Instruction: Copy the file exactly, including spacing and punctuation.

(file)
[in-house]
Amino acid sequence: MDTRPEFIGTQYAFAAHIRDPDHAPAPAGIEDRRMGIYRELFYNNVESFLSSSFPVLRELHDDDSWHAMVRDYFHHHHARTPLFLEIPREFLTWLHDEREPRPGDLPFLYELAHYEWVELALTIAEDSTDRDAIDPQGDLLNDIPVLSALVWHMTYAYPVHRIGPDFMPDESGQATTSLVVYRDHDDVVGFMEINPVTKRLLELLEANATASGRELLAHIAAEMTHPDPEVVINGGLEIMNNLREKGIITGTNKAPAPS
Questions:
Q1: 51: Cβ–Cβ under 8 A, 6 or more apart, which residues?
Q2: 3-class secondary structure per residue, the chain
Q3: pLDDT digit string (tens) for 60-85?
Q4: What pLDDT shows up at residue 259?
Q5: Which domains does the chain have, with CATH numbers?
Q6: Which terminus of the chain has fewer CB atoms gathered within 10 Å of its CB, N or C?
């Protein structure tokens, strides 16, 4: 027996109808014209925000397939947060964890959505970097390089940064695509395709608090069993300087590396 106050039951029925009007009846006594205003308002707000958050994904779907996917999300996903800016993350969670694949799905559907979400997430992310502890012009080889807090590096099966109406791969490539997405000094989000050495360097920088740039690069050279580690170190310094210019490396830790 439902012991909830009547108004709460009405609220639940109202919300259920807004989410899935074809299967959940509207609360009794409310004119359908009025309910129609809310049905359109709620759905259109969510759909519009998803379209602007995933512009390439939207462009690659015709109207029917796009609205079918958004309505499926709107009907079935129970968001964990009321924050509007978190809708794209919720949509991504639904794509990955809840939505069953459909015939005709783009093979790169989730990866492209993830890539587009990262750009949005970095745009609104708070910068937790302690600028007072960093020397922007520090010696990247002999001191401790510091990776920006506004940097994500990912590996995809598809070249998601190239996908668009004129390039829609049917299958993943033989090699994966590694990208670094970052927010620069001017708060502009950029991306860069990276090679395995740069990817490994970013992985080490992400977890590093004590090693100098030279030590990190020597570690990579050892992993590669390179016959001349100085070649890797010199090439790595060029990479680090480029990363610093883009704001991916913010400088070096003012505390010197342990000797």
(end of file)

[in-house]
Amino acid sequence: MDTRPEFIGTQYAFAAHIRDPDHAPAPAGIEDRRMGIYRELFYNNVESFLSSSFPVLRELHDDDSWHAMVRDYFHHHHARTPLFLEIPREFLTWLHDEREPRPGDLPFLYELAHYEWVELALTIAEDSTDRDAIDPQGDLLNDIPVLSALVWHMTYAYPVHRIGPDFMPDESGQATTSLVVYRDHDDVVGFMEINPVTKRLLELLEANATASGRELLAHIAAEMTHPDPEVVINGGLEIMNNLREKGIITGTNKAPAPS
Questions:
Q1: 51: Cβ–Cβ under 8 A, 6 or more apart, which residues?
Q2: 3-class secondary structure per residue, the chain
Q3: pLDDT digit string (tens) for 60-85?
Q4: What pLDDT shows up at residue 259?
Q5: Which domains does the chain have, with CATH numbers?
Q6: Which terminus of the chain has fewer CB atoms gathered within 10 Å of its CB, N or C?
């Protein structure tokens, strides 16, 4: 027996109808014209925000397939947060964890959505970097390089940064695509395709608090069993300087590396 106050039951029925009007009846006594205003308002707000958050994904779907996917999300996903800016993350969670694949799905559907979400997430992310502890012009080889807090590096099966109406791969490539997405000094989000050495360097920088740039690069050279580690170190310094210019490396830790 439902012991909830009547108004709460009405609220639940109202919300259920807004989410899935074809299967959940509207609360009794409310004119359908009025309910129609809310049905359109709620759905259109969510759909519009998803379209602007995933512009390439939207462009690659015709109207029917796009609205079918958004309505499926709107009907079935129970968001964990009321924050509007978190809708794209919720949509991504639904794509990955809840939505069953459909015939005709783009093979790169989730990866492209993830890539587009990262750009949005970095745009609104708070910068937790302690600028007072960093020397922007520090010696990247002999001191401790510091990776920006506004940097994500990912590996995809598809070249998601190239996908668009004129390039829609049917299958993943033989090699994966590694990208670094970052927010620069001017708060502009950029991306860069990276090679395995740069990817490994970013992985080490992400977890590093004590090693100098030279030590990190020597570690990579050892992993590669390179016959001349100085070649890797010199090439790595060029990479680090480029990363610093883009704001991916913010400088070096003012505390010197342990000797």